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Chicago's East Side Community
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East Side
Community History

      Chicago's East Side is almost surrounded by water.  Its name comes from the fact that it is olcated on the east bank of the Calumet River and its nickname is the "Island".  Stephen A. Douglas, John Wentworth, and Elijah K. Hubbard were interested in new developments when the Army Corps of Engineers developed a plan for improvement of the Calumet River and an establishment of a harbor in the early part of the 1800's.  Most of the land was bought by Elliot Anthony who then established the Chicago Calumet Canal & Dock Company.  In 1848, the Lake Shore and Michigan Southern Railroad, later known as the New York Central, extended its tracks into the area.  Then  the Pennsylvania and Fort Wayne, Eastern Line, and Elgin and Joliet railroads were built in the region.
      The East Side was originally part of the Village of Hyde Park which extended from 39th Street to 138th Street.  In 1865, around half a dozen families lived in the wooded area.  They were involved in fishing, farming, and hunting.  Then around 1873 that all became part of "City of Calumet".
      Charles Colehour and Douglas Taylor opened two subdivisions which were two distinct neighborhoods for many years.  Douglas Taylor was a early real estate developer who opened a suddivision north of the railroad tracks.  Douglas Taylor's mansion was located on 98th Street on the current site of the Calumet Park Field House.  It was torn down after a lake storm and the Calumet Park Fieldhouse was built on the site in 1924. Charles Colehour opened a real estate development, also known as the Iron-worker's Addition to South Chicago. He was a real estate investor who opened a subdivision south of the tracks in 1873.  The Colehour house is located on 10261 S. Avenue H.  The house dates back to the 1870s and is thought to be the oldest house in the neighborhood.
      In 1871, 52 arces on both sides of the river were purchased by the Silicon Steel Company.  Men came looking for work but the Silicon Steel Company was unsuccessful.  However its land did sell quickly to other industries.  By 1884, factories and industries were located there.  This led to increased settlement in the area.  In 1880, 1,098 residents were living in the East Side and were mainly Germans, Irish, and Swedish families.  Finally, in 1889, the area was added to Chicago when Hyde Park was incorporated into the city of Chicago.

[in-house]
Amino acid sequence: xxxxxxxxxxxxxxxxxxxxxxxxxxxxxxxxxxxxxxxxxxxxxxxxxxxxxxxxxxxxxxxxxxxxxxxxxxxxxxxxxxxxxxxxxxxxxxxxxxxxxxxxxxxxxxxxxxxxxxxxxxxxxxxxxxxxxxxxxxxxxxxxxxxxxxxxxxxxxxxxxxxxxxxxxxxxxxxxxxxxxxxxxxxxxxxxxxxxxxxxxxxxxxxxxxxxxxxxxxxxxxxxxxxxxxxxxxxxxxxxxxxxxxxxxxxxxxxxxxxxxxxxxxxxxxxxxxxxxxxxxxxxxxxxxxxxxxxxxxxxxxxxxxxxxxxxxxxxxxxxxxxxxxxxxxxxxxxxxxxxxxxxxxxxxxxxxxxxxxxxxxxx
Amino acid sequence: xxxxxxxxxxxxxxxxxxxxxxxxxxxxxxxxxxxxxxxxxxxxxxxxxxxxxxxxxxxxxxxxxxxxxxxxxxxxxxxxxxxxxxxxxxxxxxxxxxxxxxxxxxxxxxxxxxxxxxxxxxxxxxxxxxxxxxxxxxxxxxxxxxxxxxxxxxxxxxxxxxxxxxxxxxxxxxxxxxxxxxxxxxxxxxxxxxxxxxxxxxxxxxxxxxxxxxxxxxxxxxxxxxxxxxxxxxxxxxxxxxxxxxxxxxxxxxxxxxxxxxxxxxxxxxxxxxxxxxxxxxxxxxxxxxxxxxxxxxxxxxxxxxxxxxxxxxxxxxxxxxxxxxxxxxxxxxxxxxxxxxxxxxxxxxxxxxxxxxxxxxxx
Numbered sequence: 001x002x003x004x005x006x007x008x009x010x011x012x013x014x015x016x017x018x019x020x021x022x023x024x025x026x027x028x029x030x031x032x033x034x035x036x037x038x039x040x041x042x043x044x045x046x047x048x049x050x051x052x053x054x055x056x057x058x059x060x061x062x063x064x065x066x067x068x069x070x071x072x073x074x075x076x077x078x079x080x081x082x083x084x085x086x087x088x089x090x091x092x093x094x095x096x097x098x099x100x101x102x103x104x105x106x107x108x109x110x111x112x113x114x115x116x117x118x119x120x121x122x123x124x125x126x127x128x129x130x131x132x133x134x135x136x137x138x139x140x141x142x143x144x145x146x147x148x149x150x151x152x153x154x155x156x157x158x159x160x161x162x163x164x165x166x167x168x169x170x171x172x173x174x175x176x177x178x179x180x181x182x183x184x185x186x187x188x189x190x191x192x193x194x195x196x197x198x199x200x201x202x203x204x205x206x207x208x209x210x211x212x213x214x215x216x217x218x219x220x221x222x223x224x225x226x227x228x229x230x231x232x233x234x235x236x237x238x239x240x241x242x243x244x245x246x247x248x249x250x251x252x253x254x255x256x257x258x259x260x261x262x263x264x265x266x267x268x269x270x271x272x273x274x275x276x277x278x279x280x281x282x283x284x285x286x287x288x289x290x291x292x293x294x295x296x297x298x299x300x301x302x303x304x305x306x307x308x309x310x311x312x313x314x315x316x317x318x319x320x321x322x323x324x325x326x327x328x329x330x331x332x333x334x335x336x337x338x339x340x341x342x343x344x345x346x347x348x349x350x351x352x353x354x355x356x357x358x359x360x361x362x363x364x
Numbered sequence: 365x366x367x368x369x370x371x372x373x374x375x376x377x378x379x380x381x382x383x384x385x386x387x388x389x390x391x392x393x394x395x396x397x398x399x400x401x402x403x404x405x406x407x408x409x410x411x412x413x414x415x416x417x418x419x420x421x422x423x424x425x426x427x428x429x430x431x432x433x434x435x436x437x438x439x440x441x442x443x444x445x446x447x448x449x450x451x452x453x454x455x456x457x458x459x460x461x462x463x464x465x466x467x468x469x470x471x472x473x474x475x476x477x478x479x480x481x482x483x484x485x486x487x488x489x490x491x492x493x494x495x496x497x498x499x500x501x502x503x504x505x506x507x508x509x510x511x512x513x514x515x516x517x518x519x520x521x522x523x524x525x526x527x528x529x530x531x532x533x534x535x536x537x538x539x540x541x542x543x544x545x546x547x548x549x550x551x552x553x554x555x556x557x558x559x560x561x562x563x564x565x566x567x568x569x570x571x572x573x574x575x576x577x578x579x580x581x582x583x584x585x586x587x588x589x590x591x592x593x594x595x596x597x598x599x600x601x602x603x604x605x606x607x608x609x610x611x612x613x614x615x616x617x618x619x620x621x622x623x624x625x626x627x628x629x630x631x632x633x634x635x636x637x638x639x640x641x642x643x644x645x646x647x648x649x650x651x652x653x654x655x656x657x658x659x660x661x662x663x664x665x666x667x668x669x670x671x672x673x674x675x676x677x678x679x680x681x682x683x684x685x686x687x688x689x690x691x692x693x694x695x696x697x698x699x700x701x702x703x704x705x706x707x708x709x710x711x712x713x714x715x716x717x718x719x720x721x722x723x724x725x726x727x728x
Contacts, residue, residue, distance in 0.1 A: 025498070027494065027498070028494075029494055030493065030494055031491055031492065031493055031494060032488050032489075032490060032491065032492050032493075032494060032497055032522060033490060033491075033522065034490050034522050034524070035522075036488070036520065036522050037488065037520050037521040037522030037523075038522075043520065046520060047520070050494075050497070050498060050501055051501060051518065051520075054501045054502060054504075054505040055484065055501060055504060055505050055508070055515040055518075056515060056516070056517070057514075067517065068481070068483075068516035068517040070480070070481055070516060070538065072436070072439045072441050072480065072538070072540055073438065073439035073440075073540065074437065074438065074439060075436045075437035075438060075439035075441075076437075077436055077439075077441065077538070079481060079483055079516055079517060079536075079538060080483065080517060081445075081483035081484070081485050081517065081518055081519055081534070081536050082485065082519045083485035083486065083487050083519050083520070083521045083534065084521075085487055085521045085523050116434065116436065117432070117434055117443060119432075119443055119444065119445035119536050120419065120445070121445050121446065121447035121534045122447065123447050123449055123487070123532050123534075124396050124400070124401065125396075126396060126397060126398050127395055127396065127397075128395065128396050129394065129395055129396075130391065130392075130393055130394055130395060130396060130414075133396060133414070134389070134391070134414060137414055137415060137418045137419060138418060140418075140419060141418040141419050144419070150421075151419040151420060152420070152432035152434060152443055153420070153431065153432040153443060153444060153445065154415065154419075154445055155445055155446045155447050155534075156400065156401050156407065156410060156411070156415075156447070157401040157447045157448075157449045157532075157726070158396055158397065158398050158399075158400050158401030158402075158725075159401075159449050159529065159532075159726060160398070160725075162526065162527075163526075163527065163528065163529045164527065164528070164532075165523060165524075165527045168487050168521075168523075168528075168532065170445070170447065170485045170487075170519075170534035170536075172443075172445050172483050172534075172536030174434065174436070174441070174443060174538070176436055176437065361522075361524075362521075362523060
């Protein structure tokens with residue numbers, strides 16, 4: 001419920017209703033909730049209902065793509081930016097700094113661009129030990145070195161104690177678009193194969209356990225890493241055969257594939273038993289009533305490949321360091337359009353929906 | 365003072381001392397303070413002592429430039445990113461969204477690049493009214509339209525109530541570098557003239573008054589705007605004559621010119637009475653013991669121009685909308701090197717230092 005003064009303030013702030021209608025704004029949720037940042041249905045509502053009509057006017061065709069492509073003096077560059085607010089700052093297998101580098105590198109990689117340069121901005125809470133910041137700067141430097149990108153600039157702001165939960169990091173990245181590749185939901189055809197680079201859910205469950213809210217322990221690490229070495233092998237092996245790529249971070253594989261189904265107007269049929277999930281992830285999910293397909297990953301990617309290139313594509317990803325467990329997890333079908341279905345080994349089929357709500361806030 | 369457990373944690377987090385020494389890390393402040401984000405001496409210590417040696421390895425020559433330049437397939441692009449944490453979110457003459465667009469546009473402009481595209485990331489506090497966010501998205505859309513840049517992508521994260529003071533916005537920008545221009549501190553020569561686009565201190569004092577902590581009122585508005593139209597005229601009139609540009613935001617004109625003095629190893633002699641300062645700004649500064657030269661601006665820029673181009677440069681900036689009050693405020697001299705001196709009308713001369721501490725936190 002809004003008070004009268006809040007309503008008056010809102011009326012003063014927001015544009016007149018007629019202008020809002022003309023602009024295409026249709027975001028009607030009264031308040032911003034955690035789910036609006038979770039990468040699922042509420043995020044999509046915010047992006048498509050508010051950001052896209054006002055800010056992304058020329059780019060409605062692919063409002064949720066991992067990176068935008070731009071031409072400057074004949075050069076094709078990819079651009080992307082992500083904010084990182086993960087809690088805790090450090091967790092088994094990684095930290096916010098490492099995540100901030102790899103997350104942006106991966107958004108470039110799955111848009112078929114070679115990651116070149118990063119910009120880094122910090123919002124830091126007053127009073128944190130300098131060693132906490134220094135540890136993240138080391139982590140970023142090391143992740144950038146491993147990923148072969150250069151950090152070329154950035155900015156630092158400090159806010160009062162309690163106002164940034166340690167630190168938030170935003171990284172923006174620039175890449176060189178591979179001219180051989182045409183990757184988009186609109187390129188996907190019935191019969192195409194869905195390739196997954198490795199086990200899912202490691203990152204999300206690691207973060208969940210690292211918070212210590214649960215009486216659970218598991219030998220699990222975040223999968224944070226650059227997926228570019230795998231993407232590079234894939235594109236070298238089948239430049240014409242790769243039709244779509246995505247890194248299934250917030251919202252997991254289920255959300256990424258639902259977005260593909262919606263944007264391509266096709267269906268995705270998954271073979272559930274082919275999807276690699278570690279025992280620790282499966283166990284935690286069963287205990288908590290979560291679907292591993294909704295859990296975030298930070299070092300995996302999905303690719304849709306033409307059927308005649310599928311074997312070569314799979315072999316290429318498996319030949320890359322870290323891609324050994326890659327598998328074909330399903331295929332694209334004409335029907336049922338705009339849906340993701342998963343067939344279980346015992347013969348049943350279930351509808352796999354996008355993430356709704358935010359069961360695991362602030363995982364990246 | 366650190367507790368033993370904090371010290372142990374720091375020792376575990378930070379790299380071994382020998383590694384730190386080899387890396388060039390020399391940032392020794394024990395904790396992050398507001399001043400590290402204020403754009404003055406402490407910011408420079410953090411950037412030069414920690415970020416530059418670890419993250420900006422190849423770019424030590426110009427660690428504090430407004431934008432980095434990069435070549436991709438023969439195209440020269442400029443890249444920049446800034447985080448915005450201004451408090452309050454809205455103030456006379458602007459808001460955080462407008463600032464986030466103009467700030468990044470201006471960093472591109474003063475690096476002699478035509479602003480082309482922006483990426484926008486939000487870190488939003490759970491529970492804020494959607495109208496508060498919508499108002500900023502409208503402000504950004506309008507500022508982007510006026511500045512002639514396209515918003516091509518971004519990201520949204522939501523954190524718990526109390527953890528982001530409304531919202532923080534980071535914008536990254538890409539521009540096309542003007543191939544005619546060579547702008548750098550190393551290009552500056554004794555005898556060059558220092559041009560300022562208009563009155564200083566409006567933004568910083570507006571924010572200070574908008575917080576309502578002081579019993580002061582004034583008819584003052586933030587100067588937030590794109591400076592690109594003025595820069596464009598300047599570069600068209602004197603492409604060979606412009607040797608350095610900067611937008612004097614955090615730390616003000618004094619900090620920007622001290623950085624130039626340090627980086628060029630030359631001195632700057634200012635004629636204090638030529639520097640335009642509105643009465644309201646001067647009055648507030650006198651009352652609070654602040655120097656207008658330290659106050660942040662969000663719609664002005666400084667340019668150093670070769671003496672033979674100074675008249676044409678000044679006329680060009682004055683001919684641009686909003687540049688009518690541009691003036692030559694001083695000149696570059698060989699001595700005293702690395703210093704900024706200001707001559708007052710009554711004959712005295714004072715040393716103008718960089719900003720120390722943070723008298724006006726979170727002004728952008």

In the late 1800s, the steel industry grew larger.  The harbor was improved and new railroads were built.  Iroquois Steel had opened a plant located at 95th Street and the Calumet River.  Also, The Republic Steel opened in 1891 at 118th Street and the river.  For the next 90 years,  Republic Steel remained as one of the biggest employers in the neighborhood.
     By 1920, people had settled southern portion of the community, between 95th and 109th Streets, from Ewing west to Burley Avenue.  During the 1920's new plants were constucted along the eastern bank of the river and the railroad expanded into this area.  A lot of the residential construction was occurring in the area east of Ewing Avenue between 103rd and 108th Strret in the 1920s.
      By 1930, most of the foreign population was coming from Serbians, Italians, Germans, Swedes, and Croatians.  In 1930, nearly 17,000 people lived in the East Side.  In the 1920's the creation of Calumet Park encouraged people to built homes close by.
      The population was dropping slightly because the decade of 1930s brought Depression.  In 1937, a strike was called upon the plant by the CIO, who was seeking to organize a union at the Republic Steel Mill.  The "Memorial Day Massacre", was an event where the Chicago police,working as plant security, shot and killed ten steelworkers because a labor protest  had become violent.
      In the 1940s the East Side had nearly 22,000 residents.  During the 1950s  the community began to increase with a population of over 25,000 in 1970.  The area around 106th Street began to build up and 106th and Ewing Avenue became the most important shopping district of the community.  Also, Republic Steel built a new plant at this time.
      In the late 1960s, in the northern part of the community, Hispanics (mostly Mexicans) began to move in.  By 1990 Hispanics were 40% of the population of the East Side.  Mexicans are now the largest nationality in the East Side.
      The decline of the area's steel industry hurt the economy of the East Side and other nearby communities, in recent years.   Wisconsin Steel closed in 1980.  U. S. Steel South Works closed in 1992.  Republic Steel closed down several parts of their operation as well.  A lot of people lost their jobs, and the resident labor force changed tremendously. 
 


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